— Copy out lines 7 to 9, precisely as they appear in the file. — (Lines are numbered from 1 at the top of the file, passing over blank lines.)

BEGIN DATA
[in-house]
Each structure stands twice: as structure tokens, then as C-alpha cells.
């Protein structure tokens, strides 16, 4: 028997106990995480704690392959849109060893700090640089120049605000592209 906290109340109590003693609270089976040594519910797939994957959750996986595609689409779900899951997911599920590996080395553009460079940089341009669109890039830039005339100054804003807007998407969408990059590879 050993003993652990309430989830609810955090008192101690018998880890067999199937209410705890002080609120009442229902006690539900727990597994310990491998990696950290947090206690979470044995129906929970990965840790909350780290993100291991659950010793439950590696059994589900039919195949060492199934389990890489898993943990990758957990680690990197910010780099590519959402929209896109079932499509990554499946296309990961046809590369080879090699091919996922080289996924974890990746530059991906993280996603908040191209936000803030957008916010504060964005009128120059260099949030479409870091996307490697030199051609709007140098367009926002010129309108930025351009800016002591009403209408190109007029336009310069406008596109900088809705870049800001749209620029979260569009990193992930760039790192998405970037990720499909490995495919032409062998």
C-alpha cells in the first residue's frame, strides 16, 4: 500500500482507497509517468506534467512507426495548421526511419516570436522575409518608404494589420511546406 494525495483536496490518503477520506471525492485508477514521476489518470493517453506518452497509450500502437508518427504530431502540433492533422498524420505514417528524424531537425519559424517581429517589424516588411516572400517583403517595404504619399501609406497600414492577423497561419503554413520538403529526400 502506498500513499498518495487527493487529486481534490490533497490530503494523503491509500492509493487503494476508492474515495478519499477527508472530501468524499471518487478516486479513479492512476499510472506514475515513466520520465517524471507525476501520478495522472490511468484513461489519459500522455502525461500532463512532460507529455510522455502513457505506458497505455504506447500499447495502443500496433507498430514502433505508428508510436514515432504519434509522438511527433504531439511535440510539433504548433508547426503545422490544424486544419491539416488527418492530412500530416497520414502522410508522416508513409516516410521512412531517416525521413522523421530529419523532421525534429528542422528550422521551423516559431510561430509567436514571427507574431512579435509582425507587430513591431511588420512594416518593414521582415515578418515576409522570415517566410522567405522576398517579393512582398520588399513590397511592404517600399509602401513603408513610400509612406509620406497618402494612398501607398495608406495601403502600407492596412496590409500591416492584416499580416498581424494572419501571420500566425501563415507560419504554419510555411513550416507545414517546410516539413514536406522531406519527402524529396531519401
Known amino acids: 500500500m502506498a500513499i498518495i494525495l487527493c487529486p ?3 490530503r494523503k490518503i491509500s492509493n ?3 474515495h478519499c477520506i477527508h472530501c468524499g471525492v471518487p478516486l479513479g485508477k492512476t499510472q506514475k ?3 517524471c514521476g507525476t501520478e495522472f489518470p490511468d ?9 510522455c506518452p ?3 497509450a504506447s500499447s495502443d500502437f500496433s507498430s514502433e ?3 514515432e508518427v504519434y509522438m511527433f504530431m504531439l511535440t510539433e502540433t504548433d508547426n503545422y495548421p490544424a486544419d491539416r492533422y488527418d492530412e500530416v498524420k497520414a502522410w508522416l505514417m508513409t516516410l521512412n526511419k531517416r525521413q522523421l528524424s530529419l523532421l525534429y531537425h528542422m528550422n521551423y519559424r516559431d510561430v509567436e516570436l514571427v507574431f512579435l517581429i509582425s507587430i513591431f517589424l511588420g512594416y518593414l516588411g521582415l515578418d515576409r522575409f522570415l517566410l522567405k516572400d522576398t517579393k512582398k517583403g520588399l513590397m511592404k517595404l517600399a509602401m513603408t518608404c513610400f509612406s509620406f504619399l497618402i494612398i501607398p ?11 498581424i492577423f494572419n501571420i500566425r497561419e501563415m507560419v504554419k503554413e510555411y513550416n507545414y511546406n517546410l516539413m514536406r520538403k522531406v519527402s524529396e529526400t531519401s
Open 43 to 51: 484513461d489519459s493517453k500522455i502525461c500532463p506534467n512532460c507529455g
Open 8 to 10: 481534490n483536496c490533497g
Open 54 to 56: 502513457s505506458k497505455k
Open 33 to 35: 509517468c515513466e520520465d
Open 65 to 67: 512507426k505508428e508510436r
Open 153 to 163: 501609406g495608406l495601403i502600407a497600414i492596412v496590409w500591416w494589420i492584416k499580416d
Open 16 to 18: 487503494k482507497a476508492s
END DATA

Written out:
Open 8 to 10: 481534490n483536496c490533497g
Open 54 to 56: 502513457s505506458k497505455k
Open 33 to 35: 509517468c515513466e520520465d